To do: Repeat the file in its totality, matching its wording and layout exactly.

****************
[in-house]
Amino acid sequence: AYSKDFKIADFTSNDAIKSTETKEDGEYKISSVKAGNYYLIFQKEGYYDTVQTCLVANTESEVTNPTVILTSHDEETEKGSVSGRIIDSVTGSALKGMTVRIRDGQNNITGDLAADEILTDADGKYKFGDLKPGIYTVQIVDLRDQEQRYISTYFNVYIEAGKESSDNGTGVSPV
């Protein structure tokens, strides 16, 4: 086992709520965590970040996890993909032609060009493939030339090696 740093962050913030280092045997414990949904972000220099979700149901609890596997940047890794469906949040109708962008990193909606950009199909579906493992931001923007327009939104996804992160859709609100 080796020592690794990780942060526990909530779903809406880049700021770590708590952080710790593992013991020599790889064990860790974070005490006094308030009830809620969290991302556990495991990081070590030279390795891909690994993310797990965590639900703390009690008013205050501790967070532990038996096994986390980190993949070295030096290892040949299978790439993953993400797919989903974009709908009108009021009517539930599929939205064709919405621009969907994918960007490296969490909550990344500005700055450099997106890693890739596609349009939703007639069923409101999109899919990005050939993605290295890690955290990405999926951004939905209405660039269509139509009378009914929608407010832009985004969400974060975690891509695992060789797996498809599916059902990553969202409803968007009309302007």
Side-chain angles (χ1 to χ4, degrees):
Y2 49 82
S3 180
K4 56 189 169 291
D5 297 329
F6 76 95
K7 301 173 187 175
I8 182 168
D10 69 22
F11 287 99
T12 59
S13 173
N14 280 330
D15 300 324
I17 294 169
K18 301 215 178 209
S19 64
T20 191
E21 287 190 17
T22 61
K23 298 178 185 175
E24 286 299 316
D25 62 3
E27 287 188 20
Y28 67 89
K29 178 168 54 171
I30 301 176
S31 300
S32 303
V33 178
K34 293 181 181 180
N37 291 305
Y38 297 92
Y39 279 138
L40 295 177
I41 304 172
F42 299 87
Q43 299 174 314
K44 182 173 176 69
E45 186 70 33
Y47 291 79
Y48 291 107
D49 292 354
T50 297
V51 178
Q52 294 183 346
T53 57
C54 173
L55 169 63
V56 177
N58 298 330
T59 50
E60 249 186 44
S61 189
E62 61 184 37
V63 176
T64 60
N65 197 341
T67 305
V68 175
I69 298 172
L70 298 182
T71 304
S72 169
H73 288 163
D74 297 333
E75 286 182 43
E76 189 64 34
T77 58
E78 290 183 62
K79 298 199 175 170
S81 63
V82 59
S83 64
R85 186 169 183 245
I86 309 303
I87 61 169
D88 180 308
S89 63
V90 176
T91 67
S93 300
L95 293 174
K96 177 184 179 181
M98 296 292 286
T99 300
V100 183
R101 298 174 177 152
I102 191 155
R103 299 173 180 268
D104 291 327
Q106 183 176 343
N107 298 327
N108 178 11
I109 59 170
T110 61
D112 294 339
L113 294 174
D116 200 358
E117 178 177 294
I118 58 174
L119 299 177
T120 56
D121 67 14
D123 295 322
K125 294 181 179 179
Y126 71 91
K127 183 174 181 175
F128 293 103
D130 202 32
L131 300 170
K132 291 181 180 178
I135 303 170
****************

[in-house]
Amino acid sequence: AYSKDFKIADFTSNDAIKSTETKEDGEYKISSVKAGNYYLIFQKEGYYDTVQTCLVANTESEVTNPTVILTSHDEETEKGSVSGRIIDSVTGSALKGMTVRIRDGQNNITGDLAADEILTDADGKYKFGDLKPGIYTVQIVDLRDQEQRYISTYFNVYIEAGKESSDNGTGVSPV
């Protein structure tokens, strides 16, 4: 086992709520965590970040996890993909032609060009493939030339090696 740093962050913030280092045997414990949904972000220099979700149901609890596997940047890794469906949040109708962008990193909606950009199909579906493992931001923007327009939104996804992160859709609100 080796020592690794990780942060526990909530779903809406880049700021770590708590952080710790593992013991020599790889064990860790974070005490006094308030009830809620969290991302556990495991990081070590030279390795891909690994993310797990965590639900703390009690008013205050501790967070532990038996096994986390980190993949070295030096290892040949299978790439993953993400797919989903974009709908009108009021009517539930599929939205064709919405621009969907994918960007490296969490909550990344500005700055450099997106890693890739596609349009939703007639069923409101999109899919990005050939993605290295890690955290990405999926951004939905209405660039269509139509009378009914929608407010832009985004969400974060975690891509695992060789797996498809599916059902990553969202409803968007009309302007």
Side-chain angles (χ1 to χ4, degrees):
Y2 49 82
S3 180
K4 56 189 169 291
D5 297 329
F6 76 95
K7 301 173 187 175
I8 182 168
D10 69 22
F11 287 99
T12 59
S13 173
N14 280 330
D15 300 324
I17 294 169
K18 301 215 178 209
S19 64
T20 191
E21 287 190 17
T22 61
K23 298 178 185 175
E24 286 299 316
D25 62 3
E27 287 188 20
Y28 67 89
K29 178 168 54 171
I30 301 176
S31 300
S32 303
V33 178
K34 293 181 181 180
N37 291 305
Y38 297 92
Y39 279 138
L40 295 177
I41 304 172
F42 299 87
Q43 299 174 314
K44 182 173 176 69
E45 186 70 33
Y47 291 79
Y48 291 107
D49 292 354
T50 297
V51 178
Q52 294 183 346
T53 57
C54 173
L55 169 63
V56 177
N58 298 330
T59 50
E60 249 186 44
S61 189
E62 61 184 37
V63 176
T64 60
N65 197 341
T67 305
V68 175
I69 298 172
L70 298 182
T71 304
S72 169
H73 288 163
D74 297 333
E75 286 182 43
E76 189 64 34
T77 58
E78 290 183 62
K79 298 199 175 170
S81 63
V82 59
S83 64
R85 186 169 183 245
I86 309 303
I87 61 169
D88 180 308
S89 63
V90 176
T91 67
S93 300
L95 293 174
K96 177 184 179 181
M98 296 292 286
T99 300
V100 183
R101 298 174 177 152
I102 191 155
R103 299 173 180 268
D104 291 327
Q106 183 176 343
N107 298 327
N108 178 11
I109 59 170
T110 61
D112 294 339
L113 294 174
D116 200 358
E117 178 177 294
I118 58 174
L119 299 177
T120 56
D121 67 14
D123 295 322
K125 294 181 179 179
Y126 71 91
K127 183 174 181 175
F128 293 103
D130 202 32
L131 300 170
K132 291 181 180 178
I135 303 170